file = File().query.filter_by(filename=input_data.get(
‘filename’)).first()

if file is None:
return ErrorResponse(FileNotFound(input_data.get(‘filename’)).message, 422, {‘Content-Type’: ‘application/json’}).respond()

export_obj = {
‘filename’: file.filename,
‘filetype’: file.filetype,
‘id’: str(uuid.uuid4()),
‘file_data’: None}

with open(os.path.join(app.config.get(‘BASE_DIR’), ‘static’, ‘uploads’, ‘csv’, export_obj[‘filename’]), “r”) as f:
export_obj[
‘file_data’] = f.read()

export_obj[‘file_data’] = base64.b64encode(export_obj[‘file_data’].encode())

return jsonify(ExportFileSchema().dump(export_obj).data)

Step 2 : Adding a relevant Schema

After creating a route we need to add a relevant schema that will help us to deliver the badges generated by the user to the Ember JS frontend so that it can be consumed as JSON API objects and shown to the user.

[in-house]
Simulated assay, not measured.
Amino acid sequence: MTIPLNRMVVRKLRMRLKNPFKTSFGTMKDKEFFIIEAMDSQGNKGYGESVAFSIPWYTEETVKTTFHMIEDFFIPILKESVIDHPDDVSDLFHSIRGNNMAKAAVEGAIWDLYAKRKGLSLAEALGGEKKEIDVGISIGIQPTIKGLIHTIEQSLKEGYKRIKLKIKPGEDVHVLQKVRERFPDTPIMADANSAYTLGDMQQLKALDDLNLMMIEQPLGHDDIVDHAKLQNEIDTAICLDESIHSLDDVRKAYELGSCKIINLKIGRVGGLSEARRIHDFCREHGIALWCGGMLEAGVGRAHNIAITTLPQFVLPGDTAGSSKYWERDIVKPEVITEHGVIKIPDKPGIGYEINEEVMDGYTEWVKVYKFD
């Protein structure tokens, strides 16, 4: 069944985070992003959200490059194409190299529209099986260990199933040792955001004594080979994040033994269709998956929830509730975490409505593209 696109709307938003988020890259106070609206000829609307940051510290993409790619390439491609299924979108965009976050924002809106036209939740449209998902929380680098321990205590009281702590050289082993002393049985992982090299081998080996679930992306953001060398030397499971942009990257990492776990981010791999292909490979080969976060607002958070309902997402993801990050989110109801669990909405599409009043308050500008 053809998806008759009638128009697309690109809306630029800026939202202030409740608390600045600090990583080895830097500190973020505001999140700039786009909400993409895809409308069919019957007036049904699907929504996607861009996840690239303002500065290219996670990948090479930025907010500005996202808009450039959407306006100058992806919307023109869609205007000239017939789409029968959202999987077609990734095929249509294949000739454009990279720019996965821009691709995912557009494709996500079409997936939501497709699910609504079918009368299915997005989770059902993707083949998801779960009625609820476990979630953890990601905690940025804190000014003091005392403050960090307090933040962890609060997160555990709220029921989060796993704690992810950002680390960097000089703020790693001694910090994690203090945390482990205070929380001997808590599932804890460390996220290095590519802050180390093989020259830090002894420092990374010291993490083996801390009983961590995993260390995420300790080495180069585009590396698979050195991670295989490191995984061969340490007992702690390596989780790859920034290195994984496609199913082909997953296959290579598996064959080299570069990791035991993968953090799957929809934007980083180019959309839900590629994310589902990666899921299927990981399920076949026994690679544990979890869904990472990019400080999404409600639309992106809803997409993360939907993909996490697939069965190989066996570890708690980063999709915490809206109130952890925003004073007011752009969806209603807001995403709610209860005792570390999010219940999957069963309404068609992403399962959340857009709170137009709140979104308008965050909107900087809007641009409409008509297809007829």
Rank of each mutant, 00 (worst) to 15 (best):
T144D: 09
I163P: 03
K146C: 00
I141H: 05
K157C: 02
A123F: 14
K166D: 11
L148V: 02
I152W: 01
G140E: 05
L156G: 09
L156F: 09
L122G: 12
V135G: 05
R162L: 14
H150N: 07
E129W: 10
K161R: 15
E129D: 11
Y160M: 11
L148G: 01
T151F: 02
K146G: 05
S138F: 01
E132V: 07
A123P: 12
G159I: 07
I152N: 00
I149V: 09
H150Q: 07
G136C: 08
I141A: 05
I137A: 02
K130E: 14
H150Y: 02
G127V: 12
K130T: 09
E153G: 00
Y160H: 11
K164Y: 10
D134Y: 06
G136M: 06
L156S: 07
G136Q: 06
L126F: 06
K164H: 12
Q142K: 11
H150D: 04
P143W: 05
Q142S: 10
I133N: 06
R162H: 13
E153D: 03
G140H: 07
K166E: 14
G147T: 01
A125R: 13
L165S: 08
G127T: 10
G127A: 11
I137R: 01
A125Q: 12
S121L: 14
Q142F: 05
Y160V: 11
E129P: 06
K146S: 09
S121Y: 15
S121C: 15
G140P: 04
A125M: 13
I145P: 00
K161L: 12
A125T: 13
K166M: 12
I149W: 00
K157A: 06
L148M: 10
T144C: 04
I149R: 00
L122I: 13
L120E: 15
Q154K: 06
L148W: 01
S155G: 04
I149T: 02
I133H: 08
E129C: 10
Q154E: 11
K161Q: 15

class ExportFileSchema(Schema):
class Meta:
type_ =
‘export-data’
kwargs = {
‘id’: ‘<id>’}

id = fields.Str(required=True, dump_only=True)
filename = fields.Str(required=
True, dump_only=True)
filetype = fields.Str(required=
True, dump_only=True)
file_data = fields.Str(required=
True, dump_only=True)

This is the ExportFileSchema that produces the output results of the GET request on the route. This helps us get the data onto the frontend.

Further Improvements

We are working on making badgeyay more comprehensive yet simple. This API endpoint needs to get registered onto the frontend. This can be a further improvement to the project and can be iterated over the next days.